Cyclic (alkyl)(amino)carbenes (CAACs) are useful, e.g., as ligands in homogenous catalysis. They outperform the well-known N-heterocyclic carbenes (NHCs), which can be considered cyclic diaminocarbenes, in several catalytic reactions. The steric and electronic properties of CAACs can be tuned by changing the substituents.
Guy Bertrand, University of California, San Diego, La Jolla, USA, and colleagues have synthesized a new family of CAACs, which the team called cyclic (amino)(barrelene) carbenes (CABCs, general structure pictured below). The key step in the preparation of these carbenes is an intramolecular [4+2] cyclization of an anthracene derivative with an amine-functionalized alkyne.
A representative synthesis of CABCs starts with the condensation of 9-anthraldehyde with 1,1-dimethyl-propargyl amine, followed by the [4+2] cycloaddition and alkylation or arylation at the nitrogen atom. The resulting iminium salts can be deprotonated, e.g., with potassium bis(trimethylsilyl)amide (KHMDS) to obtain the free carbenes.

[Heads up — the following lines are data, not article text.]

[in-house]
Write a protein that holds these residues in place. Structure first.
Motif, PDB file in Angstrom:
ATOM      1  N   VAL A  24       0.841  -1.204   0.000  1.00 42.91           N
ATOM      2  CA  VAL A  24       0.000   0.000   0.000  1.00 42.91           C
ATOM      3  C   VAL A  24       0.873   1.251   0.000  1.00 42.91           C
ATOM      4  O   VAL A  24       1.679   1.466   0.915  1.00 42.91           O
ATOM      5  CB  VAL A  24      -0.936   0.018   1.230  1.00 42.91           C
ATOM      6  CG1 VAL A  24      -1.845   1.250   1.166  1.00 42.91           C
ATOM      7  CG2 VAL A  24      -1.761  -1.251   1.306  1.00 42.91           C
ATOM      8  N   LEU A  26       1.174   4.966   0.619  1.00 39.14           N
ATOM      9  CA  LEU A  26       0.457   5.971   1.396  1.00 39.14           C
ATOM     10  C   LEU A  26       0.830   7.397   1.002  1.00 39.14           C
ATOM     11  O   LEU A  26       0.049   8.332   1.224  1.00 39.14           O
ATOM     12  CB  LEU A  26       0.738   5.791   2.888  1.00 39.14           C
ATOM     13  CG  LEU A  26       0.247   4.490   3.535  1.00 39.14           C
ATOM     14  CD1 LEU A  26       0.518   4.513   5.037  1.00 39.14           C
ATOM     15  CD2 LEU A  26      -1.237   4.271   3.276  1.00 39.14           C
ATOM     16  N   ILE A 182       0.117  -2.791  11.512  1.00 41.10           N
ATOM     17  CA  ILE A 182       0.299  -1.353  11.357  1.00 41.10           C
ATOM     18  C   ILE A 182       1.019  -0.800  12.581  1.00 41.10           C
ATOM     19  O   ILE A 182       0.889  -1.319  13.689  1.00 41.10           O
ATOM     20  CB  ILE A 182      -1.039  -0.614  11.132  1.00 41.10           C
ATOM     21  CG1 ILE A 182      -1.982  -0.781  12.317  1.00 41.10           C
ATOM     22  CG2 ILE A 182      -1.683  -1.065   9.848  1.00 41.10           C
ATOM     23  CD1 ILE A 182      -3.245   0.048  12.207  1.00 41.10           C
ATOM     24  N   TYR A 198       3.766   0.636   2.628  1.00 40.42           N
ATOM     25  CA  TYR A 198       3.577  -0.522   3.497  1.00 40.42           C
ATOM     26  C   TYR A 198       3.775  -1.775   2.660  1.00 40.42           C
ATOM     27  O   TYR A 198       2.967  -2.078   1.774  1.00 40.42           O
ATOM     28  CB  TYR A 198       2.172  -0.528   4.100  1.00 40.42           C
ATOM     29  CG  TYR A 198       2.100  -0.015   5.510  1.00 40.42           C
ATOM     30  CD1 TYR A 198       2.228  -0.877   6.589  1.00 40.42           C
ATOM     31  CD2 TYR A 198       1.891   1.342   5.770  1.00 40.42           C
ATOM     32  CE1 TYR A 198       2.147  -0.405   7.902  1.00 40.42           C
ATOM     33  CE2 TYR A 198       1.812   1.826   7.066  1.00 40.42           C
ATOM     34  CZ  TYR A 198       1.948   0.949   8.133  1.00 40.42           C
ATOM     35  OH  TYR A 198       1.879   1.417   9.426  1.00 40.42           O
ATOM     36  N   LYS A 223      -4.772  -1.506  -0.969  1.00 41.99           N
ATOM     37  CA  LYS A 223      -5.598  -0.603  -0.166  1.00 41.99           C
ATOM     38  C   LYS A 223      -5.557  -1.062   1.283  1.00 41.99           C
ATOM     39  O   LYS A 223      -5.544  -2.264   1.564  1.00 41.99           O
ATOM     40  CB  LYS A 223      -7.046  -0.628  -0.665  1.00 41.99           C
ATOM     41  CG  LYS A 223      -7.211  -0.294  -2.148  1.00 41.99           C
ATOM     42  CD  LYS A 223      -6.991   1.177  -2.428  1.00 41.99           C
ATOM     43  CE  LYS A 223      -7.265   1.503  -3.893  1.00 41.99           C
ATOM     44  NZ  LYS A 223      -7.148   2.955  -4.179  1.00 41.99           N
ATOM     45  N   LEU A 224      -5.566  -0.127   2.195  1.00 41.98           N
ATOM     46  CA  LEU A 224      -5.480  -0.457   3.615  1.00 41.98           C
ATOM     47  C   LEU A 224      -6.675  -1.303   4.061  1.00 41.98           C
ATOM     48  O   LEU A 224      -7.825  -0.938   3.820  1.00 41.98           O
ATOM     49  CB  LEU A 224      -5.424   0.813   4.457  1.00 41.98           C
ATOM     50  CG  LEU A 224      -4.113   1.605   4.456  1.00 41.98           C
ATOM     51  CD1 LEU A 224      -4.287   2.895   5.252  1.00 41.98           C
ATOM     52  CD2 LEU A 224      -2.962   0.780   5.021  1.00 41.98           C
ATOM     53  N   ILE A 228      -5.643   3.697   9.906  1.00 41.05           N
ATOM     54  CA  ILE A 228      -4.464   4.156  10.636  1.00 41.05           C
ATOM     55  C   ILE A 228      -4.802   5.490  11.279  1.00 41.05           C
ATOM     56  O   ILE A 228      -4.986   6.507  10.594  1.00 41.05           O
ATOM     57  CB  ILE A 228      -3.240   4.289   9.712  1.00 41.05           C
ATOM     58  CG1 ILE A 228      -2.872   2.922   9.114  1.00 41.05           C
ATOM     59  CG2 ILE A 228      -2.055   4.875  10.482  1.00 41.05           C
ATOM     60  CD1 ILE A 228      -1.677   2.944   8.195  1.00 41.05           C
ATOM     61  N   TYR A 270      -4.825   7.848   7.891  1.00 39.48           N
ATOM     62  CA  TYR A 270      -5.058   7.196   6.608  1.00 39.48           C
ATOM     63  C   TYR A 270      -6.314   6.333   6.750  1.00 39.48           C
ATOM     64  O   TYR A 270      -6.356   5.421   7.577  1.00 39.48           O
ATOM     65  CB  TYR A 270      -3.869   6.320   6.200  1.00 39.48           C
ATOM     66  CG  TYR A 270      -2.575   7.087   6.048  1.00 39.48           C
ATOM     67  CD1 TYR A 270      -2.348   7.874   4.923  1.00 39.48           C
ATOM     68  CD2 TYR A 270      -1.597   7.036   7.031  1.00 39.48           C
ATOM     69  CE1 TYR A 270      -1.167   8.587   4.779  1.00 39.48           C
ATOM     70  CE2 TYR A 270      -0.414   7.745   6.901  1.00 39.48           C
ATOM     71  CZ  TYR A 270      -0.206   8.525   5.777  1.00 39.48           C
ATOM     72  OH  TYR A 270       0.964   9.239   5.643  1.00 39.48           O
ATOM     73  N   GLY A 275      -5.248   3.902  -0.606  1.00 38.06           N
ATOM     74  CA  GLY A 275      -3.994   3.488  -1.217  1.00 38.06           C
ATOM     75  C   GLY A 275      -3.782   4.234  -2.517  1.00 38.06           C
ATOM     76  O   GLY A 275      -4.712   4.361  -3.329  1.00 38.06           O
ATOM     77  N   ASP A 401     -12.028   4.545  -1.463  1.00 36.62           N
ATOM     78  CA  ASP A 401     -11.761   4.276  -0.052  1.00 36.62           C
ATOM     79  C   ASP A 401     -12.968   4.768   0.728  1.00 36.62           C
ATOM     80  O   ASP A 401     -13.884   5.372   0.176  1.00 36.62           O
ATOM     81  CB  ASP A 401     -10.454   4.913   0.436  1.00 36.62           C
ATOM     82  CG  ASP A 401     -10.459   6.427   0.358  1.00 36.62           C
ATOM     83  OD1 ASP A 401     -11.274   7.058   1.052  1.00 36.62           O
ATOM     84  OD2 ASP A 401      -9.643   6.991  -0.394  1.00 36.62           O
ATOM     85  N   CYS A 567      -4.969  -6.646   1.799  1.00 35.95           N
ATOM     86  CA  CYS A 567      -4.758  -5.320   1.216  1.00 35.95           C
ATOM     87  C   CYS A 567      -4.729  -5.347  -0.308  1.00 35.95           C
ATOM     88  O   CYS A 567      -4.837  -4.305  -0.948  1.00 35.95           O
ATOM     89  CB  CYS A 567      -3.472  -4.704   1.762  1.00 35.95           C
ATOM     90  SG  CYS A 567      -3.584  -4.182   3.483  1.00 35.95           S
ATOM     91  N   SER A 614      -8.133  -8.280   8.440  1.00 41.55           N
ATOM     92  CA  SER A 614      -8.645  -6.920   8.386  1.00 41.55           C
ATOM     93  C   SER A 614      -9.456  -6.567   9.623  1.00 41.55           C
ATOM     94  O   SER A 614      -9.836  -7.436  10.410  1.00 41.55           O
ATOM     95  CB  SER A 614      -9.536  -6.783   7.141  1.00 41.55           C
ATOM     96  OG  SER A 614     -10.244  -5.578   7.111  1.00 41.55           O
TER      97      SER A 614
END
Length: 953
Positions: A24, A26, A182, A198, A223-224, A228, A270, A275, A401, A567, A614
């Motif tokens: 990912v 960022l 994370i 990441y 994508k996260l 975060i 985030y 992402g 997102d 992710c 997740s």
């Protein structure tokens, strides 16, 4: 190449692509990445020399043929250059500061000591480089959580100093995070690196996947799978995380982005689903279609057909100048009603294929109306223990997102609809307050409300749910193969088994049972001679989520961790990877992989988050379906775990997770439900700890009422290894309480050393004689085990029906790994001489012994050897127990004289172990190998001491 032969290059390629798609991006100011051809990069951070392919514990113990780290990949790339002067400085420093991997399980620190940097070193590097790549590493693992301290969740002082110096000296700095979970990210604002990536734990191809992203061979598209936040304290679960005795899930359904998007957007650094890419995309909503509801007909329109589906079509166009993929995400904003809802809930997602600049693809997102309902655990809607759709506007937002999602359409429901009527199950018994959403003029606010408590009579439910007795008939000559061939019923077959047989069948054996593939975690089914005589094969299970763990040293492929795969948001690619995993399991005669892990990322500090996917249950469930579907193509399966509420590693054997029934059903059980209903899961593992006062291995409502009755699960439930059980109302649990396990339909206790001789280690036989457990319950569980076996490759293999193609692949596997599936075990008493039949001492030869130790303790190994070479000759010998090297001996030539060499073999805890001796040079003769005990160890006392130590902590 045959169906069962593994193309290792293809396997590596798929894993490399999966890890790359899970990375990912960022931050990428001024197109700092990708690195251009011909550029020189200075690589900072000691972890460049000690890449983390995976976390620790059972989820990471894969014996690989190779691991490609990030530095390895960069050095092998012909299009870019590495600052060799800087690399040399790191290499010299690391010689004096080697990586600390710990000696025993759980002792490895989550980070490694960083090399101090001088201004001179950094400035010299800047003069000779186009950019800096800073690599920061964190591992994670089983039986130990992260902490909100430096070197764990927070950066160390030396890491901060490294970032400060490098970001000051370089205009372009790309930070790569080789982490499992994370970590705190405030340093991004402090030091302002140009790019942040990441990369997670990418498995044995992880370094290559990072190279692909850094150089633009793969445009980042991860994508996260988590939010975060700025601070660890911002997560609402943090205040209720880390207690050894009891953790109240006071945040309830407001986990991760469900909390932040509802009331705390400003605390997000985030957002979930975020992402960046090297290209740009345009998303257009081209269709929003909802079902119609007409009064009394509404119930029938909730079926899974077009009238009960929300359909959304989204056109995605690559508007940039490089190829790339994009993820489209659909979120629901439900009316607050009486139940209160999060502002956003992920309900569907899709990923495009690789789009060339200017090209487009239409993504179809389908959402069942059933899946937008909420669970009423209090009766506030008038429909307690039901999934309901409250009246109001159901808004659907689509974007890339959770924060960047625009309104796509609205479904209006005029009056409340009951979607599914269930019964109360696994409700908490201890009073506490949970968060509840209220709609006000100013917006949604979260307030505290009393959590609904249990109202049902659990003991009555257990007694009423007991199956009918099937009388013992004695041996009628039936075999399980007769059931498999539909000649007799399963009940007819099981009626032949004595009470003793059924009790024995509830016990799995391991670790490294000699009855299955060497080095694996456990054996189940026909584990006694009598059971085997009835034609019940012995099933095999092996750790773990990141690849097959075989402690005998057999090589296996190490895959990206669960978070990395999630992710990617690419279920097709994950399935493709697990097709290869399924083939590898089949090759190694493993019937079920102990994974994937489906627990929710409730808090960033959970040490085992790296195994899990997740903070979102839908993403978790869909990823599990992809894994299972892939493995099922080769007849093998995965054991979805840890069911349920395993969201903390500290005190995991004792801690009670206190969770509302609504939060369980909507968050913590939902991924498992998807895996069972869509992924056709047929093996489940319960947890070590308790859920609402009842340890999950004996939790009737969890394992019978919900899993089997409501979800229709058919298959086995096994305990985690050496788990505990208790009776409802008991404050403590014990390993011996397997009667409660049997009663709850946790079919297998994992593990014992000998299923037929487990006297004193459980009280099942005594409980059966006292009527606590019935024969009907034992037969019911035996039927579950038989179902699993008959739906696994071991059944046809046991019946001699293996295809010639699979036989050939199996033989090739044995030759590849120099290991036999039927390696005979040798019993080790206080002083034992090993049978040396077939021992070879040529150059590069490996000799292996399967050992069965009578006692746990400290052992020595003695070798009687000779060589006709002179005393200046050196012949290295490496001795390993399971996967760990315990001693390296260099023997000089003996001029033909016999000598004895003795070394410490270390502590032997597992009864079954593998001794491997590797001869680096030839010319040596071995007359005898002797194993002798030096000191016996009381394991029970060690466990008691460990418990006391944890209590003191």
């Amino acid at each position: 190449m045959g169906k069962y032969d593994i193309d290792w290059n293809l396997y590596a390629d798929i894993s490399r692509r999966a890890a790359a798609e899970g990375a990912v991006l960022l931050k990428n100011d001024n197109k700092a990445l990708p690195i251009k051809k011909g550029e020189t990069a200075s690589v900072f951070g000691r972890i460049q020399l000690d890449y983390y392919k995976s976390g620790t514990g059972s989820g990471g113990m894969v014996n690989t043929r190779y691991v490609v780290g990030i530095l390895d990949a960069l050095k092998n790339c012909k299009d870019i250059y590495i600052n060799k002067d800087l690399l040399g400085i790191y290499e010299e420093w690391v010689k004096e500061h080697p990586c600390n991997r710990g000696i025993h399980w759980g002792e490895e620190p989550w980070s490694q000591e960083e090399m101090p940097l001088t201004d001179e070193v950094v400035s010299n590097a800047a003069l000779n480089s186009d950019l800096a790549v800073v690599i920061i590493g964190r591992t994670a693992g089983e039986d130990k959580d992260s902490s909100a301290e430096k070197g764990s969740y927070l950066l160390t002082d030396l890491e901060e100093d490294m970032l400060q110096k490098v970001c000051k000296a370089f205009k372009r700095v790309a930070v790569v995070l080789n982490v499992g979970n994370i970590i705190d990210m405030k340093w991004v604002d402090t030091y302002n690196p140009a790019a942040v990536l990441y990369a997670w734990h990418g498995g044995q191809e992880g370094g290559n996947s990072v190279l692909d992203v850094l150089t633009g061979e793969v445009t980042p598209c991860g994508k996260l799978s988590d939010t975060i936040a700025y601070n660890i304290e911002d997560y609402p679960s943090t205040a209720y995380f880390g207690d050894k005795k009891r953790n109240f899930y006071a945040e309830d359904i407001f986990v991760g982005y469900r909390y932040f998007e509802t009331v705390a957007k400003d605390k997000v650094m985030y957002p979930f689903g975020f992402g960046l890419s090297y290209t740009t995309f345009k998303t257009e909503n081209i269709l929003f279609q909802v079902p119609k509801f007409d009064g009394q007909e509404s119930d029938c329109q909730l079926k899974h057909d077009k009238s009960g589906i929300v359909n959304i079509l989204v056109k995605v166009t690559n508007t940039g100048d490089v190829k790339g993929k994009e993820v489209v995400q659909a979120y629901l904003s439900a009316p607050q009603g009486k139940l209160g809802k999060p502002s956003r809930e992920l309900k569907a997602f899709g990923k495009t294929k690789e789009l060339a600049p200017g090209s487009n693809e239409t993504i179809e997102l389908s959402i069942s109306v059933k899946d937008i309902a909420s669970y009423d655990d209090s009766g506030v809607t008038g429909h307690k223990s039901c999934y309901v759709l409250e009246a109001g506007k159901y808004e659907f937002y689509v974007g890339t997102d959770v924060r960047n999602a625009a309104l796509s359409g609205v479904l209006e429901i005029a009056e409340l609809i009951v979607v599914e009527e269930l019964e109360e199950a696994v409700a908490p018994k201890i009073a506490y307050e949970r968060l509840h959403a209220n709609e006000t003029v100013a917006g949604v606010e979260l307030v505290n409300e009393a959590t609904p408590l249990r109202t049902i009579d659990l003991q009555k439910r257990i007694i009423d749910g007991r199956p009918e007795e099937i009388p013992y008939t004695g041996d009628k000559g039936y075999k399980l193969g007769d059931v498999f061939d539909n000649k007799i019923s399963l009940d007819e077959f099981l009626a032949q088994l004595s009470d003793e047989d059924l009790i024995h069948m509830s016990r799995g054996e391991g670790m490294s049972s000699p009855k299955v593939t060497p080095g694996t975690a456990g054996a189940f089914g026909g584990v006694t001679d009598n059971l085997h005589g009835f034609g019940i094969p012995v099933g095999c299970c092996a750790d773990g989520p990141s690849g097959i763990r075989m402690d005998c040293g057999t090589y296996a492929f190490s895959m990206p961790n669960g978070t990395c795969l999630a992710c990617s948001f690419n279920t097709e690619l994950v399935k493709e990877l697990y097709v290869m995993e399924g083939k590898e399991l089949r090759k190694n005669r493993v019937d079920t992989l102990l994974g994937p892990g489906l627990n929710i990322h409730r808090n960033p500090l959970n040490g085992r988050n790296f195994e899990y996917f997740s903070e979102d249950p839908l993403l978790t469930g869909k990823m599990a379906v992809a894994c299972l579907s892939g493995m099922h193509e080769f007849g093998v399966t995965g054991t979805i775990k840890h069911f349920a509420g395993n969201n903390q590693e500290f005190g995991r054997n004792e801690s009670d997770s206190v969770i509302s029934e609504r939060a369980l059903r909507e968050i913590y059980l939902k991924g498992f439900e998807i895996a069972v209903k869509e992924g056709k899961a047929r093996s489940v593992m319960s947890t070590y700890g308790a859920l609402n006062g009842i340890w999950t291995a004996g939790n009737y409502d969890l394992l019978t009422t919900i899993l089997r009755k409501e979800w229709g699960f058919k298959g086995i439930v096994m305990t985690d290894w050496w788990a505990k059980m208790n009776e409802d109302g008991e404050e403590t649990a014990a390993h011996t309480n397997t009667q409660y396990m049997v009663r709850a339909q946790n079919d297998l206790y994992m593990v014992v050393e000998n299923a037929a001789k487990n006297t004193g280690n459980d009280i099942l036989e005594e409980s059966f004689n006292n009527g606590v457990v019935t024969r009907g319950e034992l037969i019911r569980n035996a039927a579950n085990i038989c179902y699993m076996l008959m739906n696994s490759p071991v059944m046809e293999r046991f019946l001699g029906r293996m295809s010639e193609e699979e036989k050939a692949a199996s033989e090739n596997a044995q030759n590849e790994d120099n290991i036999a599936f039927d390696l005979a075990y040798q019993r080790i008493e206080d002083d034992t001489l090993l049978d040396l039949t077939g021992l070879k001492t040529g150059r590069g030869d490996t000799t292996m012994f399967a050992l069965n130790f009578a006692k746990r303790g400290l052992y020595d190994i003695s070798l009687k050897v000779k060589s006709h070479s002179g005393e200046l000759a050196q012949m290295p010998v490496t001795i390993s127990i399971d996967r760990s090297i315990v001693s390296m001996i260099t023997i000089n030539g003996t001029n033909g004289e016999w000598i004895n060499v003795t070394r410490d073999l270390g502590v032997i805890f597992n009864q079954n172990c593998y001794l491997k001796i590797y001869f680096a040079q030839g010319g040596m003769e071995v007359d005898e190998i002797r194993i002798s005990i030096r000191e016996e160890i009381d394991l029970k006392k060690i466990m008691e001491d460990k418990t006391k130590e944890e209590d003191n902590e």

The barrelene-based structure flanking the carbene has two hydrogen atoms that could interact with a metal center in CABC complexes. The team prepared CABC copper and gold complexes and confirmed interactions between barrelene hydrogens and the metal centers using 1H NMR spectroscopy. According to the researchers, this interaction could stabilize low-valent catalytic intermediates.
- Cyclic (amino)(barrelene)carbenes: an original family of CAACs through a novel synthetic pathway,
Melinda R. Serrato, Mohand Melaimi, Guy Bertrand,
Chem. Commun. 2022.